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Does Java Speak for Itself?

October 21, 2009

At Oracle OpenWorld last week, it was suggested that, with regard to the Oracle and Sun merger, "Java speaks for itself." I wasn't at Oracle OpenWorld myself, but, for example, Josh Fruhlinger reported Sun's Scott McNealy as saying that Oracle's existing use of Java "speaks for itself."

Meanwhile, Java Champion Bert Ertman, in his Impressions from Oracle OpenWorld: "Is Oracle good for Java?" post, wrote:

the official statement being made by Sun’s Scott McNeally and Oracle’s Larry Ellison is: "Java speaks for itself."

However, Bert finds something a bit awry in this statement, as he goes on to say:

But does it? In fact, I seriously doubt that it does so within Oracle. So far the people from Oracle that I met express a friendly, almost fatherly interest in Java, but they compare it to integrating the Hyperion Query Language into the Oracle stack. They see Java as just another ‘product’ from Sun and not as the Java platform and ecosystem that it is. So, if Java is speaking for itself within Oracle, than it’s no doubt sending them the wrong message!

JUG leader Abdelmonaim Renami, who was also in attendance at Oracle OpenWorld, sees things differently. In his post Oracle/Sun Merger: A Community Perspective, Abdelmonaim writes:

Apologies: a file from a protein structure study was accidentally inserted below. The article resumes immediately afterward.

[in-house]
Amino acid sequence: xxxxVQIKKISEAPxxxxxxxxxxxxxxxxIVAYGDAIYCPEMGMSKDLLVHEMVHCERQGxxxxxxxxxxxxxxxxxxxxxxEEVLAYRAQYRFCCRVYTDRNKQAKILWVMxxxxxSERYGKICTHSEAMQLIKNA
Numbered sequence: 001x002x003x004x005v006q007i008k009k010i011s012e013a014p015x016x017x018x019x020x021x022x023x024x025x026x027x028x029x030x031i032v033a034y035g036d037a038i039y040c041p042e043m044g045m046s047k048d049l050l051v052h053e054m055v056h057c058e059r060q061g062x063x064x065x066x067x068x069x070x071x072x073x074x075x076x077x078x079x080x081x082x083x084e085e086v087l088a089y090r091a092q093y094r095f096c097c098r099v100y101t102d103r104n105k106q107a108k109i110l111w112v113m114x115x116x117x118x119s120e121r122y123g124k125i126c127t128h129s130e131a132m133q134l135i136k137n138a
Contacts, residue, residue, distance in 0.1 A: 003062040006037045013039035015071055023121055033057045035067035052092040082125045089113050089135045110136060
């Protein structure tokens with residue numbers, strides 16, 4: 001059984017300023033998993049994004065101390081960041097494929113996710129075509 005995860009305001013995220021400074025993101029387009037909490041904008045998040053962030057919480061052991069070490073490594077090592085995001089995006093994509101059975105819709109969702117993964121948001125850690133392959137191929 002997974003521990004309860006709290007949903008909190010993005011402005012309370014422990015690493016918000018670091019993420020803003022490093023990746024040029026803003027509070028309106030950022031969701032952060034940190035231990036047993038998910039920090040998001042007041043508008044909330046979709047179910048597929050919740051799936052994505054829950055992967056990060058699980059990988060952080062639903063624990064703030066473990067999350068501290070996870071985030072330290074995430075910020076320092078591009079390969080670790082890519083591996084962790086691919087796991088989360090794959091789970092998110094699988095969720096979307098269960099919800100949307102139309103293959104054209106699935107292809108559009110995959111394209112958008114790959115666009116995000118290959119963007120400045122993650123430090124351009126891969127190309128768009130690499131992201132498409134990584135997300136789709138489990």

In the key note, Larry Ellison, the CEO of Oracle, hit the bull’s eye when he was quoted as saying that “Java speaks for itself”. I have to admit that many people didn’t like his answer and considered it ambiguous and unclear, but a deeper look would reveal that it is, indeed, a well-thought-of statement. Java has truly become in the hand of its community; be it the JCP or the contributors to the OpenJDK project. The decisions about the future of the platform are now made uniformly by literally whoever is interested developing it. Doesn’t that mean that it speaks for itself?

It's an interesting question. Does Java in fact "speak for itself" within the context of the Oracle acquistion of Sun? What's your view?

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I have no idea if Oracle is

I have no idea if Oracle is good or bad for Java. I hope it's good, but dragging out the merger forever is doing real damage. What scares me is imagining what would happen if the deal falls through. Sun's existing customer base is running for cover. Who can blame them? I wonder what Java is worth on it's own. If the deal falls through, I think we'll find out.

I don't think Oracle is

I don't think Oracle is dragging out the deal. The problem is the European Union has not approved the Sun acquisition. They opened an antitrust investigation in September, and that may not be completed for several months. Few commentators that I read are of the view that the deal will fall through.

I'm not sure what financial value could be put on Java. It's a mature language today. There's an enormous amount of operational code written in Java out there. It's not going away no matter what happens. My guess is that the intent behind saying "Java speaks for itself" was to tell Java developers not to worry, because Java is "bigger" than Sun and Oracle, Java is beyond any single company (like C++, perhaps?).

But, Java has traditionally been most fully supported by Sun, so... there are a lot of possibilities, I think.

It's definitely not Oracle's

It's definitely not Oracle's fault, but buying MySQL has got to be the worst business decision made by Sun in the last 10 years.